Iran’s parliamentary election may strengthen the hand of Supreme Leader Ayatollah Ali Khamenei at the expense of President Mahmoud Ahmadinejad.
Electoral officials confirmed wins by 190 candidates, Interior Minister Mostafa Mohammad-Najjar said on state television today. Run-offs will be required for at least 30 seats as candidates failed to attract the minimum 25 percent required, he said. There are 290 seats in parliament.
Early results showed the United Principlist Front leading, state-run Press TV said. The group, which includes members of the parliament, has criticized Ahmadinejad for poor economic management and failing to show sufficient allegiance to Khamenei, 72, who was appointed in 1989 as the country’s highest authority.
Mohammad-Najjar didn’t announce the names of the 190 confirmed winners.
Officials sought to portray the turnout as a repudiation of pressure over the country’s nuclear program
Khamenei had called for participation as a show of unity against external threats. The vote took place as the U.S. and European Union apply sanctions targeting Iran’s oil sales and central bank in a bid to halt what they say is Tehran’s drive to build a nuclear weapon. Iran says its program is civilian.
The turnout in this “sensitive time shows that despite plots, pressures, sanctions and slanders by foreign circles and their media, the nation firmly defends its national interests,” Iran’s Foreign Ministry said in a statement published on its website today.
Based on early returns, turnout was 64.2 percent nationwide and about 48 percent in Tehran, Mohammad-Najjar said. About 60 percent of eligible voters cast ballots in legislative elections four years ago.
“The Iranian nation proved to the world that it’s pursuing its path steadfastly and disappointed the enemies that aimed to poison the climate of the elections,” Mohammad-Najjar said.
Candidates who are leading the votes in Tehran include parliamentary member Ahmad Tavakoli, who has frequently denounced Ahmadinejad’s policies, former oil minister Masoud Mir Kazemi, who was dismissed by the president last year, and Gholam Ali Haddad Adel, a former parliamentary speaker and adviser to Khamenei, the official Islamic Republic News Agency reported today.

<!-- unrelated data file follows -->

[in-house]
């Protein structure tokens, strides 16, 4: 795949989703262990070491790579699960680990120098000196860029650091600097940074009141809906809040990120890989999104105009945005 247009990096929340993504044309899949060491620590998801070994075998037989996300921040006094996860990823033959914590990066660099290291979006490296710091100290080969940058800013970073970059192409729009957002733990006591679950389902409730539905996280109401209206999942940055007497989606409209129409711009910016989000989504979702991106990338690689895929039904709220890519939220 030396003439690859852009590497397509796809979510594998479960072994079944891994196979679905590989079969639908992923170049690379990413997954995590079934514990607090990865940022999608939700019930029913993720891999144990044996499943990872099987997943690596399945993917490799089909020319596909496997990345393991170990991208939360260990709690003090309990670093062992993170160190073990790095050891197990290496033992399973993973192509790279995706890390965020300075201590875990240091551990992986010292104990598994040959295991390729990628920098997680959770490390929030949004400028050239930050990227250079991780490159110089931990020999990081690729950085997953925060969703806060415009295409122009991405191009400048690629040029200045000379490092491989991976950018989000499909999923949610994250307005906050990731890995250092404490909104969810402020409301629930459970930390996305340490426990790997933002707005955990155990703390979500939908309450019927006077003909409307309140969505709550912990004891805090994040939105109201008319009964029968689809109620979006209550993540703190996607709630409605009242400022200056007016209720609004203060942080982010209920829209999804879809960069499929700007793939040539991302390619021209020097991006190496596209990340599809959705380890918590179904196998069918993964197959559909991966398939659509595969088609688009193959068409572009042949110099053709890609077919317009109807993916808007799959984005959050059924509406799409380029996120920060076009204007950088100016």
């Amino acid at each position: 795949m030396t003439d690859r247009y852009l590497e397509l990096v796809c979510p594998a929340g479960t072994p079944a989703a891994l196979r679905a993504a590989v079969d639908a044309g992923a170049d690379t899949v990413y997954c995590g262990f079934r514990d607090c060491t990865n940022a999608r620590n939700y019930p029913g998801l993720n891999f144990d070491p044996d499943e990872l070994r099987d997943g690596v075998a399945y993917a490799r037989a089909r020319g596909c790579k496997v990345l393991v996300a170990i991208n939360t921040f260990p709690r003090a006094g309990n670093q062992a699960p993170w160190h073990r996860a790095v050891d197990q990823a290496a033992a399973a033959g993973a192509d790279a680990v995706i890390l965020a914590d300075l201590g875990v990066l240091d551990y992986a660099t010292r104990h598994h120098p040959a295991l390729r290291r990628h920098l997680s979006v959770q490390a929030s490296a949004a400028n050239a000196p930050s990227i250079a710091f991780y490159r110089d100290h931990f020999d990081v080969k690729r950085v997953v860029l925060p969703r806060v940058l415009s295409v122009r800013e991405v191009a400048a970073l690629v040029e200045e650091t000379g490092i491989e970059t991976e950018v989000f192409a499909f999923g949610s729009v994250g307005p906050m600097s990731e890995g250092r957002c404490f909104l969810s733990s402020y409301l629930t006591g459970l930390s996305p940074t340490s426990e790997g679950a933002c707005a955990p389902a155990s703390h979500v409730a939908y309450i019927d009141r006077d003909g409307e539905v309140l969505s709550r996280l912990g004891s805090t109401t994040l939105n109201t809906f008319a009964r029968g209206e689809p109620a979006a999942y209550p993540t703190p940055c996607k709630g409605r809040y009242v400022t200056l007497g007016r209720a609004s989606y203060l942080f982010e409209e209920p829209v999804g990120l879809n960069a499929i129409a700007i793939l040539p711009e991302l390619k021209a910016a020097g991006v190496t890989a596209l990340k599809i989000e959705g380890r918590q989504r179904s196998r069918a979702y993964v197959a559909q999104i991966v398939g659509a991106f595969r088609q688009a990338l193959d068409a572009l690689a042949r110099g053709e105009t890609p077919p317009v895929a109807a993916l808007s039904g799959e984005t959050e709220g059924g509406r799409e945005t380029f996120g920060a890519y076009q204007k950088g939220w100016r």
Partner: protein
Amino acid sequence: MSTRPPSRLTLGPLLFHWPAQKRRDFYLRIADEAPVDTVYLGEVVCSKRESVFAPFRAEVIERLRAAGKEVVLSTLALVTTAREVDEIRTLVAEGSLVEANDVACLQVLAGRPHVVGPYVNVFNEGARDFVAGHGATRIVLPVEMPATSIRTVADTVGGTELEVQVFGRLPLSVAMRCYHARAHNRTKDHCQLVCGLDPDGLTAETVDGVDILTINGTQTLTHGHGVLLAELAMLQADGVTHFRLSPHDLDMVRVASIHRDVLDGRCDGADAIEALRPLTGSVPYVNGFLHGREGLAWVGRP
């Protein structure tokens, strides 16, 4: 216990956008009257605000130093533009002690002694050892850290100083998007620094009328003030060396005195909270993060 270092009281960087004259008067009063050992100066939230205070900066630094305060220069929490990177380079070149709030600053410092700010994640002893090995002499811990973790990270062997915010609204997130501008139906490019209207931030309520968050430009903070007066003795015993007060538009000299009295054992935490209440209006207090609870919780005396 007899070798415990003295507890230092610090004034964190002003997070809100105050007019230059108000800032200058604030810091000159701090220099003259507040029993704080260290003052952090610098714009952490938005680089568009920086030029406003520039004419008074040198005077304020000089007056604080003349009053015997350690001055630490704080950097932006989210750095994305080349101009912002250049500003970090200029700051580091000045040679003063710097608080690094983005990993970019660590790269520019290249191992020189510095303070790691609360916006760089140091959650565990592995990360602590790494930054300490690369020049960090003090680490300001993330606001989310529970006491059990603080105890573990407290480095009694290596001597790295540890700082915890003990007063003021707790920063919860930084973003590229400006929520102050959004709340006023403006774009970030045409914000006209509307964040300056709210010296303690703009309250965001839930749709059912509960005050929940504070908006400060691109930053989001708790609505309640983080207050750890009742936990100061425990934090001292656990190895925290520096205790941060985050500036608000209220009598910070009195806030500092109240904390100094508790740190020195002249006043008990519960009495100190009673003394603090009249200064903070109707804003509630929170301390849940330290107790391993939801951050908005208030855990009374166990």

Ahmadinejad’s sister, Parvin, lost her race in their hometown of Garmsar, southeast of the capital, according to the state-run Mehr news agency.
“It has been clear for some time that these elections would not be free and fair,” U.K. Foreign Secretary William Hague said in a statement. “The field of candidates for this election has been limited by the intensified vetting of candidates, and the ongoing repression of dissent.”
The vote is the first since the disputed 2009 presidential election that sparked mass protests. While Khamenei backed the president ensuring his re-election, the two have clashed over political matters including the president’s appointments and choice of aides. In May last year the president stayed away from work for a week after Khamenei overruled him by canceling the resignation of Intelligence Minister Heidar Moslehi.
The outcome of the race is unlikely to affect Iran’s nuclear policy. Iran holds a presidential election next year and Ahmadinejad isn’t eligible for re-election.
About 48 million Iranians were eligible to cast ballots for more than 3,400 candidates cleared to compete by the Guardian Council, a body of jurists and clerics.
To contact the reporter on this story: Ladane Nasseri in Tehran at firstname.lastname@example.org
To contact the editor responsible for this story: Andrew J. Barden at email@example.com